Sunday, 1 May 2011

The Greatest


This is an old-fashioned family drama, shot in a classical way, which would make one think first of Hollywood, but The Greatest is actually a low-budget indie film written and directed by first-timer Shana Feste. And it does feel like an indie film, for the most part.


The Greatest begins with the death of an eighteen-year-old boy (car crash) and then follows the grieving process of his parents, his younger brother and the girl he has just made love to (both were virgins at the time).


The critics weren’t impressed with The Greatest so I must confess that I almost certainly wouldn’t have watched it if it hadn’t been Carey Mulligan’s second film (filmed just after An Education). You’ve read my raves about this amazing young actress and she did not disappoint as Rose, the girl who finds herself pregnant and moves in with the grieving family. For that matter, all the acting was impressive. Susan Sarandon (always good) is flawless as the grieving mother and Pierce Brosnan gives one of his best performances as the father. Johnny Simmons as the brother also does well.


The cinematography is excellent and, while there’s not much music, what there is worked well. For a rookie, the writing and directing aren’t that bad either (the central theme of grieving is done well and feels real to me). But I did say “for a rookie”. There is at least one major hole in the plot, involving the mysterious background of Rose, some rather weakly written scenes, a general lack of originality throughout and and an ending that would certainly not impress the critics. I’m not a big fan of the ending either, but The Greatest was written and directed by a young woman and I think it’s clear she needed the film to end that way, so I can live with that. Personally, I’m thrilled that more and more women are making films.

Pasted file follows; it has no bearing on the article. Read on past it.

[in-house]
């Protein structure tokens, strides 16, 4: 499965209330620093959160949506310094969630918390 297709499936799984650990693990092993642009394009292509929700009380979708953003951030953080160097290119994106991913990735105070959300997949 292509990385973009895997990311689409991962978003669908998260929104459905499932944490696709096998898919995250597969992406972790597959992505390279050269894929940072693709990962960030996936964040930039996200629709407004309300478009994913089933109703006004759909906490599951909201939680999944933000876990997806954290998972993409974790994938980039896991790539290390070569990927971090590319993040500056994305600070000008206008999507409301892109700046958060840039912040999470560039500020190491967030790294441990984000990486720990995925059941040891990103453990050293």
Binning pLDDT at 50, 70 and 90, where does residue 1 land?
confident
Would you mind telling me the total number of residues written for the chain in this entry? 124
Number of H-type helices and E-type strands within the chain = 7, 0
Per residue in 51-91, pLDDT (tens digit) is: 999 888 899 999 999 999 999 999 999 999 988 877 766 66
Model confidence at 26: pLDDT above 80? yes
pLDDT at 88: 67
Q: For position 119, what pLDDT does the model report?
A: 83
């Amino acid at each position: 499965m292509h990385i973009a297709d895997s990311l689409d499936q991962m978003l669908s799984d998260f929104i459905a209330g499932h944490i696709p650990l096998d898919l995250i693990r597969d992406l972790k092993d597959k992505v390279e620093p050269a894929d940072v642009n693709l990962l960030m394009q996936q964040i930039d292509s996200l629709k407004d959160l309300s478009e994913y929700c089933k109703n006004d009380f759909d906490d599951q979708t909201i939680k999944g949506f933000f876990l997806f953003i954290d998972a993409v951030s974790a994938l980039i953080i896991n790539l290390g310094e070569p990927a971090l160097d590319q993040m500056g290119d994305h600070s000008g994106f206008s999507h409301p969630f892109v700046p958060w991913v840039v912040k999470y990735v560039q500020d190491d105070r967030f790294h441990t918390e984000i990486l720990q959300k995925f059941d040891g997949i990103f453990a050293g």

While The Greatest may not have been the greatest, I was not at all disappointed that I watched it and give it ***. My mug is up.


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